Any other Utd Utilities customers here?  How do we get exemption?  We are being treated exactly the same as commercial premises - UU have no other distinction than Residential or Non Residential.  

Recently, articles have been appearing in my free local weekly newspaper on exactly the same issues.  Last week, the local Scouts were appealing for help with a (presumably national) online petition because their premises have been hit with a massive hike in water rates.  The week before it was sports clubs, in particular Cricket Clubs - large site area including entire field, low income, and actually a lot of them all but close for 7 or 8 months a year.  They are starting to be phased into water bills totalling £1000s.  Band 6 for example (3000 - 6999 sq m) is charged at £2867 just for Highway Drainage.
« Last Edit: February 05, 2009, 09:09 by john »


GreenOwl

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Water Charges - Utd Utilities
« Reply #1 on: January 20, 2009, 15:57 »
That is extremely worrying!

Have you contacted your MP?

Bobby

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« Reply #2 on: January 20, 2009, 20:38 »
Thank you for bringing this to our attention.  
  Our site pays rates to UU as well but I have not heard it mentioned at  monthly meetings.
  I have printed off your post and it certainly will be at the next!
  If this utility Co. gets away with it, all the others will follow suit.
  Thanks again Bob.

Tinbasher

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« Reply #3 on: January 21, 2009, 13:01 »
Quote from: "Bobby"
Thank you for bringing this to our attention.  
  Our site pays rates to UU as well but I have not heard it mentioned at  monthly meetings.
  I have printed off your post and it certainly will be at the next!
  If this utility Co. gets away with it, all the others will follow suit.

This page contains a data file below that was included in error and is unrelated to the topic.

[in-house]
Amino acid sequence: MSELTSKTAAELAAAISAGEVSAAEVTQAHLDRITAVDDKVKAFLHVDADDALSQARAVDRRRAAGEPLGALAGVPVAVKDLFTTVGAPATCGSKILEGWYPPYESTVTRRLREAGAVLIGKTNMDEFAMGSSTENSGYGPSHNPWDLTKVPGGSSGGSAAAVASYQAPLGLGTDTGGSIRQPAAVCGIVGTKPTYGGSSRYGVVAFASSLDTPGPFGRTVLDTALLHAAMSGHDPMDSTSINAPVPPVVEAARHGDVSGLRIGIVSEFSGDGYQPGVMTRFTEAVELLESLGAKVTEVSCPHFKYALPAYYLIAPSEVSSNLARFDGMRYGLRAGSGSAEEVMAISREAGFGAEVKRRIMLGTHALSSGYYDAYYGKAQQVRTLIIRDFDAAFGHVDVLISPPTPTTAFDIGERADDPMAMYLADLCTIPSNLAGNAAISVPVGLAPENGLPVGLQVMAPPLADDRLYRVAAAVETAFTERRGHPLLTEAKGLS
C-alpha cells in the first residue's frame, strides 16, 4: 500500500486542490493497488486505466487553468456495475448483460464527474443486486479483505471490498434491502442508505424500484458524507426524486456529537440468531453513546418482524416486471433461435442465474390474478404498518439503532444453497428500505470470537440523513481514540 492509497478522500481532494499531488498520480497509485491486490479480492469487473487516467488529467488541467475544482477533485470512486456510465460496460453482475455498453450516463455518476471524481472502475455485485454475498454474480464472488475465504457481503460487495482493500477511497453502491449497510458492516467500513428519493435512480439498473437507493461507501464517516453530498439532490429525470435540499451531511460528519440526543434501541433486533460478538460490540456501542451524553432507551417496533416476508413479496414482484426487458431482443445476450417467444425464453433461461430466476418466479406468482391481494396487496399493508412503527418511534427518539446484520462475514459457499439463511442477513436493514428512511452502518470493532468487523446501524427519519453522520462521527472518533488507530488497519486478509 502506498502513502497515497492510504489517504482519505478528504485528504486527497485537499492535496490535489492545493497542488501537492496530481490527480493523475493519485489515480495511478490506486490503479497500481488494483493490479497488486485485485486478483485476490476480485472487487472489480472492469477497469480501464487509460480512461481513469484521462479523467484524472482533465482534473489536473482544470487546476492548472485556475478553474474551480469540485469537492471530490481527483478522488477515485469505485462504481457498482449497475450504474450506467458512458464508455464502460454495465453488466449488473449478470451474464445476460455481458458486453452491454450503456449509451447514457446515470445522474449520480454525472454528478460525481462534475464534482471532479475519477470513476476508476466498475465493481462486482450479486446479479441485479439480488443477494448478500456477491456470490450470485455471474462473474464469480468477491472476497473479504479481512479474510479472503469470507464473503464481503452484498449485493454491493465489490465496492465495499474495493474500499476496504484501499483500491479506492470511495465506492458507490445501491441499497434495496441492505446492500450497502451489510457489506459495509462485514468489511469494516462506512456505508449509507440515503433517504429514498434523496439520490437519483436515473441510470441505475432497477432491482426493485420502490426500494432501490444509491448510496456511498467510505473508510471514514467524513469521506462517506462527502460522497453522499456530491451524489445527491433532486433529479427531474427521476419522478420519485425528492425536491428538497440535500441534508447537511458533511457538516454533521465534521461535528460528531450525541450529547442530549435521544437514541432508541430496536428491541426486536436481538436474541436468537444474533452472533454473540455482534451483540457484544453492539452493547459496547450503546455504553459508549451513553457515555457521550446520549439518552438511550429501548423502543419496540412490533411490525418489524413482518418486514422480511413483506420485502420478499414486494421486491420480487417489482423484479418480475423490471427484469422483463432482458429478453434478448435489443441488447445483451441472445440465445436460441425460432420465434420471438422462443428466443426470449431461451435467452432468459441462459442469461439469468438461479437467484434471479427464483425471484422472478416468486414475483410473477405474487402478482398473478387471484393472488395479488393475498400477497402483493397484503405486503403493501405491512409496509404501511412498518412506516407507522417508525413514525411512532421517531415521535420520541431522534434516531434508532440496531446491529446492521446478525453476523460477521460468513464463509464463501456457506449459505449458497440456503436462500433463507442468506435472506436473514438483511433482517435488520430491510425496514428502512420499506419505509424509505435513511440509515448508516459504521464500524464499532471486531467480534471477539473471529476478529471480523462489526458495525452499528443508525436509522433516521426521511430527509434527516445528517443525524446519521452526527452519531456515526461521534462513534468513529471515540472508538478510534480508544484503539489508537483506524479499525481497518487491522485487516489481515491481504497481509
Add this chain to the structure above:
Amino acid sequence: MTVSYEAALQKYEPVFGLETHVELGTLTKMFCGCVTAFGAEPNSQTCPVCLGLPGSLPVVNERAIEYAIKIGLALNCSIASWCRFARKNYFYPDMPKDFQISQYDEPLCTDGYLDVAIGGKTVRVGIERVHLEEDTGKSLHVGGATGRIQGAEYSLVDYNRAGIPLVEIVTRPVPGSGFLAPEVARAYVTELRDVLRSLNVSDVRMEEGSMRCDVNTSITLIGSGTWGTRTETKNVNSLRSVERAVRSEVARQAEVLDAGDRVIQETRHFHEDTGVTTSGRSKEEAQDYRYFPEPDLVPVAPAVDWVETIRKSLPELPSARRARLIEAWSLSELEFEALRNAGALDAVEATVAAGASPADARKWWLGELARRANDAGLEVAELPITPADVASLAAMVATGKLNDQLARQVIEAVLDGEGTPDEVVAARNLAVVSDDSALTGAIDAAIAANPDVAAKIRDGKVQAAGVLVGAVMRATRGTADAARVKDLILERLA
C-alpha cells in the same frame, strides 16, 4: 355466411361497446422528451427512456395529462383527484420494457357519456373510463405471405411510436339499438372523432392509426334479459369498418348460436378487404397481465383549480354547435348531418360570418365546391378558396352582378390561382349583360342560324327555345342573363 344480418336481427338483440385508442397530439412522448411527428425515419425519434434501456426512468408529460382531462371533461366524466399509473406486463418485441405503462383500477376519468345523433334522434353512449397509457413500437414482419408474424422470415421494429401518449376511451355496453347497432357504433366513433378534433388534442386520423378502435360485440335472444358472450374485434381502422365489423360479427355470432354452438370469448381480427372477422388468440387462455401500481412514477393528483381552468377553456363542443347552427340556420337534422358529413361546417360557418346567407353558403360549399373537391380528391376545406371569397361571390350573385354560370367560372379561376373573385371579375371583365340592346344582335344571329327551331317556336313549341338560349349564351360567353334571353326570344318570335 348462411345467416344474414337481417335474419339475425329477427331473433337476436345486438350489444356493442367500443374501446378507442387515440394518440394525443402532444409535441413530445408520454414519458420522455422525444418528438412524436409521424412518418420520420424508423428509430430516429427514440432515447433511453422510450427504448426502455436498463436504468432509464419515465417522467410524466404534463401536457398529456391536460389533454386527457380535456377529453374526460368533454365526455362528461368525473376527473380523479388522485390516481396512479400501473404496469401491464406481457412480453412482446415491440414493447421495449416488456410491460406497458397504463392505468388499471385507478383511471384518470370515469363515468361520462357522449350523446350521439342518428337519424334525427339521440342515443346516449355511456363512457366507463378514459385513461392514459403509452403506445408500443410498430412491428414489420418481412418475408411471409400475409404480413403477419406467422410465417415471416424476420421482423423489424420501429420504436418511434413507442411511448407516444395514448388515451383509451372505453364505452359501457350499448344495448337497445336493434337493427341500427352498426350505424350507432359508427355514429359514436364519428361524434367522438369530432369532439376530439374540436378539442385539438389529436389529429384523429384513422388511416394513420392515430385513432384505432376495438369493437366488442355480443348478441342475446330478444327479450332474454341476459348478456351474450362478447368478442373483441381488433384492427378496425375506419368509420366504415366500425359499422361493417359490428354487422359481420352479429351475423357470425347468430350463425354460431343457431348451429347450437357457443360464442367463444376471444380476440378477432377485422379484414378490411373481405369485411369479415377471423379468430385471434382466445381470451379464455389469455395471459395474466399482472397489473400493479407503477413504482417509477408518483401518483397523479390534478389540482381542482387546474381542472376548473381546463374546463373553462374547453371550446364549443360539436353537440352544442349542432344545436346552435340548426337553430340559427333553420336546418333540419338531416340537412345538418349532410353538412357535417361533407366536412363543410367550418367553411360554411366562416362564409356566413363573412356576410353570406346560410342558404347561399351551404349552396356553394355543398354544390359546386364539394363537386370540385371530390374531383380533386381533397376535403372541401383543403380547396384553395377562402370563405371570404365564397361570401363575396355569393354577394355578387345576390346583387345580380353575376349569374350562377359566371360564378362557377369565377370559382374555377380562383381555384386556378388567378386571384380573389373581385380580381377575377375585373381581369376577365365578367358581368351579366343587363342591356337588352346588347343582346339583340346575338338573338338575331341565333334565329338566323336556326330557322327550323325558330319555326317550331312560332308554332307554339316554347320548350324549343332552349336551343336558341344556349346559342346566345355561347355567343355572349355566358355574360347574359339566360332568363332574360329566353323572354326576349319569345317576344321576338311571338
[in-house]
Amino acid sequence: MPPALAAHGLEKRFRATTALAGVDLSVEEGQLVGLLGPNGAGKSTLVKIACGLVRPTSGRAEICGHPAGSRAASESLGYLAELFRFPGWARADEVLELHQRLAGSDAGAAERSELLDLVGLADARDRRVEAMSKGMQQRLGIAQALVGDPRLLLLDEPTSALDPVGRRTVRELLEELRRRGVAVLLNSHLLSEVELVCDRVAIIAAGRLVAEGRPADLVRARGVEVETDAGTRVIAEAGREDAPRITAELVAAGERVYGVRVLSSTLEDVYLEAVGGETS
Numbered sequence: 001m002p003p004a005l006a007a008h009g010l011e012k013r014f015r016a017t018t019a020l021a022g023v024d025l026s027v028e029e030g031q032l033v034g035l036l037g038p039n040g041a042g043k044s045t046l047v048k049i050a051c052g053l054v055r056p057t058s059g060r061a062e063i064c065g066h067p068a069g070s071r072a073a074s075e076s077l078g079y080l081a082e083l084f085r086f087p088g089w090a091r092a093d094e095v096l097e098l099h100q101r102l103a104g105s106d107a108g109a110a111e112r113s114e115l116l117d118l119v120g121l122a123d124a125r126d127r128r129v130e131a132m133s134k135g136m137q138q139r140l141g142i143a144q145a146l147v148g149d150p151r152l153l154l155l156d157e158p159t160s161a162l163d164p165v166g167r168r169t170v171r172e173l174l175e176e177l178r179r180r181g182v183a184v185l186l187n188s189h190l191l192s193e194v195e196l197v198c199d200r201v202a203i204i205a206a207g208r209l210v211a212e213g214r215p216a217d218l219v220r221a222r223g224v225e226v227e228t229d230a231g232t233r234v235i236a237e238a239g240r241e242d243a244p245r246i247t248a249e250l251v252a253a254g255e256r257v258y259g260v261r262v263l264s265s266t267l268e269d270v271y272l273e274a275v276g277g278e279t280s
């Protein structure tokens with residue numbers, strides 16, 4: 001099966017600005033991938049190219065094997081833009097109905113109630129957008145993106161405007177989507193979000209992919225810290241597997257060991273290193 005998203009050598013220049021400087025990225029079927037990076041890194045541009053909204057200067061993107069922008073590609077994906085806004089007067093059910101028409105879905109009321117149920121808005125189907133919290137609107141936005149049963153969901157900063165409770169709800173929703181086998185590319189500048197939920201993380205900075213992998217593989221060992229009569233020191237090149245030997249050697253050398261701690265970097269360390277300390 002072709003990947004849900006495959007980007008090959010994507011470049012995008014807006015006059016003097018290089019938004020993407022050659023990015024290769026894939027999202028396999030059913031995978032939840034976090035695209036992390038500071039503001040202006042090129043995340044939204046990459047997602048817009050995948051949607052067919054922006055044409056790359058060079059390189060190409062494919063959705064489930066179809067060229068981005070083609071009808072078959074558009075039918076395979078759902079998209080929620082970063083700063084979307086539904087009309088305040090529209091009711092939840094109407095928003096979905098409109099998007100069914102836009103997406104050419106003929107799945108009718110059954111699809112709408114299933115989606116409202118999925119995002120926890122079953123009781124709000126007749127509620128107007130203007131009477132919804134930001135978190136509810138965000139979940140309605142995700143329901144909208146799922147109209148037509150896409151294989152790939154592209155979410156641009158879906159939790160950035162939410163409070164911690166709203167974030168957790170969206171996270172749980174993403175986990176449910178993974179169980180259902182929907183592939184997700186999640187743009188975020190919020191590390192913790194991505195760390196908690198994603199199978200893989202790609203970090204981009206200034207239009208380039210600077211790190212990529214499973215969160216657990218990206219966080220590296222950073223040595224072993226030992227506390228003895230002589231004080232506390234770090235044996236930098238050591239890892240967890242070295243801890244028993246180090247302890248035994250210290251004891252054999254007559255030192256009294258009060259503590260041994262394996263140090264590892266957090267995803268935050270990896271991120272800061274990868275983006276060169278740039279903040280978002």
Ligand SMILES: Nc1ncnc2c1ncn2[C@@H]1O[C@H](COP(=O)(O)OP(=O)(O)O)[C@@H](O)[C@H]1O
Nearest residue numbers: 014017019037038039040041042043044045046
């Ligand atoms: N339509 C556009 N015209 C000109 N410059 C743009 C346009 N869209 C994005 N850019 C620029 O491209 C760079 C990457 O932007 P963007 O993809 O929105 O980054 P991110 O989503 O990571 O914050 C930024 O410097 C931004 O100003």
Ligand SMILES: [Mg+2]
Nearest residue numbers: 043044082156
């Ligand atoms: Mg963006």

Thanks again Bob.


Yes, I've researched a little bit more and the implications are extremely worrying.  A local Cricket Club have had water charges for this year totalling over £4000, rather than a few hundred last year.  Which is serious enough.  However, what the chap I spoke to hasn't realised is that this is only a phasing-in of the new charge, and only represents a third of the change.  This year (Apr 09 - 10) will be charged at two-thirds and from April 2010 they will be on the full charge.  I'm not sure what site band they are in, but it sounds like it could be around Band 6 or 7 (charged by 2010 at £2867 or £5448 pa for Highway drainage alone).  This club has existed for over a century and yet is now severely struggling to pay this charge (on top of all others), and may indeed be forced to close if this situation persists.  Cricket Clubs suffer enough from rain as it is (abandoned matches, etc).  To now be faced with having to pay heavily for this 'privelege' is ludicrous.  This is REAL, it's happening right now.  Everyone needs to check it out - quickly - and add their voice to the concerns.

It's quite alarming that nobody seems to be aware of it or understands it.  No-one I have spoken to has any literature about it.  I however have a booklet from UU which they did send to our allotment group, so the literature is out there, but doesn't seem to have been distributed very much..........hmm.  All the info and costs are however on the UU website.

A local school (I know the secretary) has been placed in Band 6.  Their transitional (one third) cost for this year is £1911 (plus 2/3 of the old rateable-value charge) just for Highway Drainage, to rise to £2867 in 2010.  Add to this the fact they're also liable for the other 50% component - Surface Water - and by 2010 this school alone will be paying £5735 just for rainfall.   That's a lot of money just for rain falling out of the sky - a lot of books, etc.